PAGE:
Thomas Merton, I’ve heard, wrote that the greatest ill wrought by the 20th Century was the invention of the electric light, because it allows us to turn our back on the natural cycles of day and night, and – arrogantly, with the touch of a finger – imitate God’s work on the first day of creation. I am reluctant to challenge the spiritual masters, but I remember one day when I was assigned to our Dominican parish in Anchorage. I had earlier decided I must at least take a walk every day if I were to get any exercise during the winter, so I had set out on my afternoon jaunt. As usual, I’d ended up at the bookstore about half a mile from our house.
I was wandering around the store, looking at things on the shelves, when the lights went out. We had power failures all the time in those days, so no one got excited; we simply stood there, in the dark, and waited for the lights to come back on. Only they didn’t. Finally, someone from the bookstore told us we would have to leave, so we all filed out and made our ways home. It was no more than three-thirty in the afternoon, but it was as dark as midnight. And the landscape I passed as I made my way home was an entirely different place than the one I’d traveled half an hour or so earlier, when I’d had street lights and lights from windows to guide me. All of a sudden, alleyways – even doorways – that I passed every day were sinister and frightening.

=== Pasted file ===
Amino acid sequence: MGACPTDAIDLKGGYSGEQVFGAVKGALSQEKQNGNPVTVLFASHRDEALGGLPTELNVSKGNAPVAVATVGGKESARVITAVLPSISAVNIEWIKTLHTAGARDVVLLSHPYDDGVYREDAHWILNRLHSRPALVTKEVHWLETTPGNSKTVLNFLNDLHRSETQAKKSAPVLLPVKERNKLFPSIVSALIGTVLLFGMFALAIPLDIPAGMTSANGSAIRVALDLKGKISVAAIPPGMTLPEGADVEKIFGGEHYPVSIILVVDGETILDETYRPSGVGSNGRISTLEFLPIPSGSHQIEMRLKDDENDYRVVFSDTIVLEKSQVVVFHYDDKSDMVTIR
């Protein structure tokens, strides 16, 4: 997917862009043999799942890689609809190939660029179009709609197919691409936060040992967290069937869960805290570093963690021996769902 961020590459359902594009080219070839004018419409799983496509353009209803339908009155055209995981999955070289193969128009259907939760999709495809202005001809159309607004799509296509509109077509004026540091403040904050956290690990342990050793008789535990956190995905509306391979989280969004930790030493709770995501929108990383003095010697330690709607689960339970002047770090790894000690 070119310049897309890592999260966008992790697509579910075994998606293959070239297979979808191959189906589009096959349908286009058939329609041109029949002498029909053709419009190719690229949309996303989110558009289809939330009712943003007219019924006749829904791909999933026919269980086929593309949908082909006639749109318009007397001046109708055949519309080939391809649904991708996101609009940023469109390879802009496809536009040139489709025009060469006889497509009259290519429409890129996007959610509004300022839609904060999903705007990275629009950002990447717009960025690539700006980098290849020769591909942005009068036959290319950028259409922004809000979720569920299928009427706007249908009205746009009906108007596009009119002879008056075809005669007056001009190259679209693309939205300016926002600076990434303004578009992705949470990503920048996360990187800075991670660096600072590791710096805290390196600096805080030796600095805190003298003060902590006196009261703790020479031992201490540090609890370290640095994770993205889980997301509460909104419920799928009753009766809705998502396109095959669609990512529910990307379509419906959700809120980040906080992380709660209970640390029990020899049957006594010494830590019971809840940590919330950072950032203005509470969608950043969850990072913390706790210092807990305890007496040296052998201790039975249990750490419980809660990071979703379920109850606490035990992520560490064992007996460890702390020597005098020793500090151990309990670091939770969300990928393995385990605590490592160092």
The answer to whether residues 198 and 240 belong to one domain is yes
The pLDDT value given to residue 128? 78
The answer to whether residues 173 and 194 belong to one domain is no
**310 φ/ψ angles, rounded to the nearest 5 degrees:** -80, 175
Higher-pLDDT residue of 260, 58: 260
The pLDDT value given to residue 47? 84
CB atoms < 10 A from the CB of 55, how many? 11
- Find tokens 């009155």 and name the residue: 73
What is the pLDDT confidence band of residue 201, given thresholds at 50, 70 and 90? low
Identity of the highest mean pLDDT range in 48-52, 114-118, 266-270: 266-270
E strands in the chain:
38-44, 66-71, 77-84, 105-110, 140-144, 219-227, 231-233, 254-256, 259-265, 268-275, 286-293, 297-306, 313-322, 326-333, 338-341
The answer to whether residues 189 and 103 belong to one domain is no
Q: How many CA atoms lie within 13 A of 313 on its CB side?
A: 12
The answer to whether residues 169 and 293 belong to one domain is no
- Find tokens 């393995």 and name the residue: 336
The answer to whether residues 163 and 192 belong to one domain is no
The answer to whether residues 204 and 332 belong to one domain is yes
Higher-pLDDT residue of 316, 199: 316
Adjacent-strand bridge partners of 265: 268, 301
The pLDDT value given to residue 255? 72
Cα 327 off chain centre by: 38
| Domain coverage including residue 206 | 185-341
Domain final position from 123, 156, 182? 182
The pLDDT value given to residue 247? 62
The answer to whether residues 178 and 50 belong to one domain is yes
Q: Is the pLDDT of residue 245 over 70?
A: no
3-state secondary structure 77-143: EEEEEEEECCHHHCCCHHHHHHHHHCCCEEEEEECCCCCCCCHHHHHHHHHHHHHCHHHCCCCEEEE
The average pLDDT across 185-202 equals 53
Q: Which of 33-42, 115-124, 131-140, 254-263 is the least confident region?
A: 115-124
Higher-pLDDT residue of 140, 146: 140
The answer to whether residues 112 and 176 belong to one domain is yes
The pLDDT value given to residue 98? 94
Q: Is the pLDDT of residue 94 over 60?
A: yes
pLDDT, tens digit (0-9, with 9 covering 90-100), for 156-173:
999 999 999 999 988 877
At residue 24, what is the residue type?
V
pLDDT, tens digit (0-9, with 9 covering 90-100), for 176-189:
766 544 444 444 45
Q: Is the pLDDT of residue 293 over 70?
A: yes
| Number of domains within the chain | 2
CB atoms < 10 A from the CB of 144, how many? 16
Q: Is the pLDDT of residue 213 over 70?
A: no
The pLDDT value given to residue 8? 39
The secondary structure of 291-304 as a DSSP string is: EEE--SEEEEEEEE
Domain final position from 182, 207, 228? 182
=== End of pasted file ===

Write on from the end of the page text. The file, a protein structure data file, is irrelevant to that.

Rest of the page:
We think of light as something that makes our world bright and warm, but it also makes it safe. Physicists tell us what light is, but we don’t need to be scientists to know what light does. When Jesus took on our flesh, Light invaded the darkness of our world, and transformed the gloomy, mouldy stuff of our humanity. Then he offered it up on the cross, so that we needn’t ever fear the dark again.
In two days we will celebrate the birth of Jesus, the Light of the World. Each of us at St. Albert’s offers deeps thanks for your being such immensely powerful signs of that light in our lives; I pray that we may reflect Christ’s light to you, so that together we may be signs of His warmth, love and hope to the world.
Each of us at St. Albert’s will remember you in our prayers on Christmas Day, and throughout the Christmas season. I beg you to pray for us, especially the young men in our community who are the future of the Western Dominican Province – and the elderly brothers in our midst who have served our Province so faithfully and for so long.
The squirrels and I wish you every blessing at Christmas, and we look forward to continuing our Pilgrimage of Faith with you in 2013. Thank you for pledging to be a part of our – bright – future at St. Albert’s!
Sincerely, in Christ,
--Fr. Reginald Martin, O.P.